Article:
Neural primordia

The c-myc protein was expressed in all cells of the central nervous system (i.e. the brain and the spinal cord) until E5. From E5 to E7, the signal disappeared in most cell nuclei of the dorsal plate of the prosencephalon. It remained present in most nuclei of the floor plate at least until E7. In the floor of the diencephalon, we detected clearly delineated paired groups of cells where most nuclei were positive when compared to those of adjacent cell groups. These groups of cells presumably represent ventral nuclei of the diencephalon. In the other parts of the brain, the signal did not appear restricted to particular groups of cells. No significant modulation of the c-myc signal was present in the otic vesicle which remained positive during the entire period examined until E14. The optic vesicle, on the other hand, exhibited a very precise pattern of c-myc expression in the course of development. The optic vesicle and, subsequently, the eye are composed of four main tissues; the cornea and the lens have a placodal origin, the pigmental retina and the neuroretina originate from the diencephalon. It is generally thought that the central zone of the retina matures more rapidly than the lateral zones (Romanoff, 1960). At E3, most cells of the optic vesicle displayed a myc protein signal (Fig. 6B). Thereafter, in the central zone of the neuroretina, the distribution of c-myc changed from E4·5 to E12; while the protein was present in most nuclei at E4·S, it became progressively restricted up to E7. Fig. 6E shows this central zone of quail retina at E6·5. At this stage in this zone, though most cells of the neuroretina expressed c-myc, the signal was higher in the ganglionar layer. In contrast, in the lateral zones of the neuroretina, all cells displayed a similar signal. Most cell nuclei became positive in the ganglionar layer at E9 (Fig. 6H). In addition, at Ell, some nuclei appeared positive in the future inner horizontal layer (Fig. 6K). At El7, these cells were still positive. In the pigmental retina, myc protein was detected in all nuclei on day 6. One day layer, only some cells remained positive in the central zone (which synthesize large amounts of pigments), while all cells in the external zones (which synthesize little pigment) still expressed c-myc.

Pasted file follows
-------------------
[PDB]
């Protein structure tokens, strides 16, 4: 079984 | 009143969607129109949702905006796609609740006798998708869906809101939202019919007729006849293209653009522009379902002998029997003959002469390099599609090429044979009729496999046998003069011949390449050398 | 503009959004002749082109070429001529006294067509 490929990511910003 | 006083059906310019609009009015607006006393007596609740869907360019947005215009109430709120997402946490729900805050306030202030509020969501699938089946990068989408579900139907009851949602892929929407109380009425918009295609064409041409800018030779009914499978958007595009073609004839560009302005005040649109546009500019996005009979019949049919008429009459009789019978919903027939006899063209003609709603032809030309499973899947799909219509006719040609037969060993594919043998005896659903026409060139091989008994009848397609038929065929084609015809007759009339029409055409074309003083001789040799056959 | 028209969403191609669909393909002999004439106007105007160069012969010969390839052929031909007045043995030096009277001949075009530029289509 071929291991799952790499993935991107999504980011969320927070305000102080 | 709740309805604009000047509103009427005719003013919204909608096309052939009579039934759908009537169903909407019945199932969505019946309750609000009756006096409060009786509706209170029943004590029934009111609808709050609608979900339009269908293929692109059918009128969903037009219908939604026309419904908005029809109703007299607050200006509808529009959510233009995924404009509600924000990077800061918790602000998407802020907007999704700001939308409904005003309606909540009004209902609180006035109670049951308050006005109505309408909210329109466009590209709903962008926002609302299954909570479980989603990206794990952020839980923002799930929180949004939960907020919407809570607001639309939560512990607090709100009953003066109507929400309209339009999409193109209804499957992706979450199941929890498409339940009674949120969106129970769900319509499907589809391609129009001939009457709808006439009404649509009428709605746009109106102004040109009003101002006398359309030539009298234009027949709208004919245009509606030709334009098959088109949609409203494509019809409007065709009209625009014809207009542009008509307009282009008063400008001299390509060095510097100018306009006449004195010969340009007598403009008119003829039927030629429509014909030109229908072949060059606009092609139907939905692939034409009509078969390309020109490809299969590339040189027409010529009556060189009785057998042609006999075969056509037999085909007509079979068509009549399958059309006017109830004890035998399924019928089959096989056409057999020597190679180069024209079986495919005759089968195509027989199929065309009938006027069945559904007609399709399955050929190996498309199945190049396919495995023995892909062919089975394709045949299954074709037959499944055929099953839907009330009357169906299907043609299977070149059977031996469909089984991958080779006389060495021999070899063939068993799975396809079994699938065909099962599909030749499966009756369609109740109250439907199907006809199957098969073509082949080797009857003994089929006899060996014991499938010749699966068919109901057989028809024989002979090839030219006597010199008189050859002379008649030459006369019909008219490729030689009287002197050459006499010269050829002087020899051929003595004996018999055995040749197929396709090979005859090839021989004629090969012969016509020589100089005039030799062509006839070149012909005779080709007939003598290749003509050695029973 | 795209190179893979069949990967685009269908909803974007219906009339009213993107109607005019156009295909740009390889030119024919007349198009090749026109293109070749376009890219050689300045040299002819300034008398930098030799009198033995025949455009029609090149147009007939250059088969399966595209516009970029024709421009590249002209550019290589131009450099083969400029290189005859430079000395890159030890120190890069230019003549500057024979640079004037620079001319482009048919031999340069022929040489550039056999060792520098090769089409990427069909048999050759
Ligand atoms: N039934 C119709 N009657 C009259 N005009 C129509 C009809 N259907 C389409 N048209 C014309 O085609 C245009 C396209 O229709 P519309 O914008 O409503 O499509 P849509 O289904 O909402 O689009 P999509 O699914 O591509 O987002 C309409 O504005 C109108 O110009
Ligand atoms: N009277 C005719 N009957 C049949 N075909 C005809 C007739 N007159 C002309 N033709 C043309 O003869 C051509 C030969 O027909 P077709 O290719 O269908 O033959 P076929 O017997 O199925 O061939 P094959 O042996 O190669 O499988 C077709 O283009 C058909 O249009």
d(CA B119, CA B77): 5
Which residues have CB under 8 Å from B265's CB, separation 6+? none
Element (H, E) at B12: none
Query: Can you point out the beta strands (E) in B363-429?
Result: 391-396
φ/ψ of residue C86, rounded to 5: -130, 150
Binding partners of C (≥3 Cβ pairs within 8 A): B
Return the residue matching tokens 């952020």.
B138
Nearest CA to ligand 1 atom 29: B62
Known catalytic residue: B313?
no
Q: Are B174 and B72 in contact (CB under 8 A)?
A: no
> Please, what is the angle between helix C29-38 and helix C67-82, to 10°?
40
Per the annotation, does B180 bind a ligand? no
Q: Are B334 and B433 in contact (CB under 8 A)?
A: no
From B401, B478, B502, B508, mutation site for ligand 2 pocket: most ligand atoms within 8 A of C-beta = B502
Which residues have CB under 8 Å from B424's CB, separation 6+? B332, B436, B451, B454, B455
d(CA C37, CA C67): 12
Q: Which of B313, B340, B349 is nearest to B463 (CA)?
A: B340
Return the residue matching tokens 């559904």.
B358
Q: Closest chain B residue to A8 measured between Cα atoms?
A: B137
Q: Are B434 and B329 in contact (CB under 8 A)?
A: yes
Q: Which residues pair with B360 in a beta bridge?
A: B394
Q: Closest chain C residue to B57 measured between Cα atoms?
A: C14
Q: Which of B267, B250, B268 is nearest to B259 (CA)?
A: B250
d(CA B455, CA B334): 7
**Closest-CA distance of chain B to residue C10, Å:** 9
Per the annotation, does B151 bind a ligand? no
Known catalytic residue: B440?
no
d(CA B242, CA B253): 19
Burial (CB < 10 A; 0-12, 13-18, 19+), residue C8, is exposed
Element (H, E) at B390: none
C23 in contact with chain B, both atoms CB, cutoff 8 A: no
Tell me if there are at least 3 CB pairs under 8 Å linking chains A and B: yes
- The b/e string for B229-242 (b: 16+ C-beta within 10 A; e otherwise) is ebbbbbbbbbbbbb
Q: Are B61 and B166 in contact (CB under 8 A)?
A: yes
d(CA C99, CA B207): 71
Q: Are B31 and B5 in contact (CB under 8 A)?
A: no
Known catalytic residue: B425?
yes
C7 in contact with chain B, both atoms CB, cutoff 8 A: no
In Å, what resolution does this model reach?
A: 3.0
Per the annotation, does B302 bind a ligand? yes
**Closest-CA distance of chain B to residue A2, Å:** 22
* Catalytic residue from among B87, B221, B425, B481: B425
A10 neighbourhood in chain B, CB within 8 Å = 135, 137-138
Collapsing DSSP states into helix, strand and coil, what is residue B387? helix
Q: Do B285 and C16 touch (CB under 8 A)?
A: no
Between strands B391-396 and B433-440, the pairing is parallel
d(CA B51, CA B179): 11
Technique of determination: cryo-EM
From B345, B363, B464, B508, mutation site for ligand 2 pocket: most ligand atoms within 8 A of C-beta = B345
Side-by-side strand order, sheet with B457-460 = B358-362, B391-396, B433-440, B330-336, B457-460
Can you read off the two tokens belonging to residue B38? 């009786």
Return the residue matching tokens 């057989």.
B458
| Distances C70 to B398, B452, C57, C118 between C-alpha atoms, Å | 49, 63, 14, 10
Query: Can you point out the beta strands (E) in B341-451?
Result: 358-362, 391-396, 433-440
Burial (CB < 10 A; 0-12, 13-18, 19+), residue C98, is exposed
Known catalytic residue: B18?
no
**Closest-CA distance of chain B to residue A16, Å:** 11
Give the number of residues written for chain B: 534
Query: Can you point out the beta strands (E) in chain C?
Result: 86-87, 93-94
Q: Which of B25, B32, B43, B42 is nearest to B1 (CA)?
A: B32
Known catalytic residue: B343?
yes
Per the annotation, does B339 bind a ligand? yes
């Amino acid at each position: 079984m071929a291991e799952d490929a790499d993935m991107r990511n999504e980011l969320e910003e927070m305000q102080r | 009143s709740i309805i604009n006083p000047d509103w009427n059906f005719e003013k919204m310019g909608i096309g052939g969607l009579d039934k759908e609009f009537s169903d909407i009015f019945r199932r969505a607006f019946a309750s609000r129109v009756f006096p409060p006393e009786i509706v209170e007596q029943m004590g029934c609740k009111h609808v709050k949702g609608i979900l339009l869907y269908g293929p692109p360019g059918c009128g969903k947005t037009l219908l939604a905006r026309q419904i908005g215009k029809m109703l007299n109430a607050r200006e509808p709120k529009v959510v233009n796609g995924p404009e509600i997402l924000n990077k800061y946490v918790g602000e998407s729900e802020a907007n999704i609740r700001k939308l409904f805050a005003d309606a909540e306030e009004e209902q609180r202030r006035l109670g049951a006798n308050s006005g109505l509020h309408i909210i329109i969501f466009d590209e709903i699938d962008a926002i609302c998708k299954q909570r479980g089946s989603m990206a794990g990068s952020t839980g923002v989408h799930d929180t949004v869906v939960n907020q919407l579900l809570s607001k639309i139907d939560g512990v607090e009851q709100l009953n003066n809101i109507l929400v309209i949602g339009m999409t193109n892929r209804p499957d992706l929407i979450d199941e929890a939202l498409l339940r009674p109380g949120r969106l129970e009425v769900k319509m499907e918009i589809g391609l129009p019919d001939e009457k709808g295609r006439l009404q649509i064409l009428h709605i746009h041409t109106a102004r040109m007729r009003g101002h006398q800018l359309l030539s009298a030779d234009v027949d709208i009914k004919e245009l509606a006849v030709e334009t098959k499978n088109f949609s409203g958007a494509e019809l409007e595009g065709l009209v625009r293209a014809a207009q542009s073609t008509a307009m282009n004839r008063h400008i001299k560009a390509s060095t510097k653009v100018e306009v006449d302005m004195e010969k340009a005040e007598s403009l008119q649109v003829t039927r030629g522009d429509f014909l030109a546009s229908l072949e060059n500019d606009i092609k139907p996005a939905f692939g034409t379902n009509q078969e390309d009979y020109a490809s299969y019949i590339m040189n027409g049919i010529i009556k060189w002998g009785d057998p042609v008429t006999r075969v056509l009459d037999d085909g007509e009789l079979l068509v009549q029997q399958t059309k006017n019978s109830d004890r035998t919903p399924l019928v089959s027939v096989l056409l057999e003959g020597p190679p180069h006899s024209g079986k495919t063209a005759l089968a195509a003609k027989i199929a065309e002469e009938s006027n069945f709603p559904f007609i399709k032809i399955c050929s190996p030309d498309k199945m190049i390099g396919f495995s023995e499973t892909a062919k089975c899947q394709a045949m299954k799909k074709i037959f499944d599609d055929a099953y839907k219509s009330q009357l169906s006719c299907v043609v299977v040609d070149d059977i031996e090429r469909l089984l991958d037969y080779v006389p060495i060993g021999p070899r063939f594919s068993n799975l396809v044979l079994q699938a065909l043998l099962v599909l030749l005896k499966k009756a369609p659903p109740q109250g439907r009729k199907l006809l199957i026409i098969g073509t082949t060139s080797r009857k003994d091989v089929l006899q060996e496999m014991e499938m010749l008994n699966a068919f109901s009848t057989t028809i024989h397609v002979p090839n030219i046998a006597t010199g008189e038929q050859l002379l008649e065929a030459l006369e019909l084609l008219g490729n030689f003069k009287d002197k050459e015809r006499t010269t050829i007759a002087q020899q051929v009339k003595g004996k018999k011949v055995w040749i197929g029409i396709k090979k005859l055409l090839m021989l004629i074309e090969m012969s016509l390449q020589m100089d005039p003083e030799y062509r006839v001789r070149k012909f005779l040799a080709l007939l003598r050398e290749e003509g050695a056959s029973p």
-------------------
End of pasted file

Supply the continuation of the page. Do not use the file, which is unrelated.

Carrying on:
Fig. 5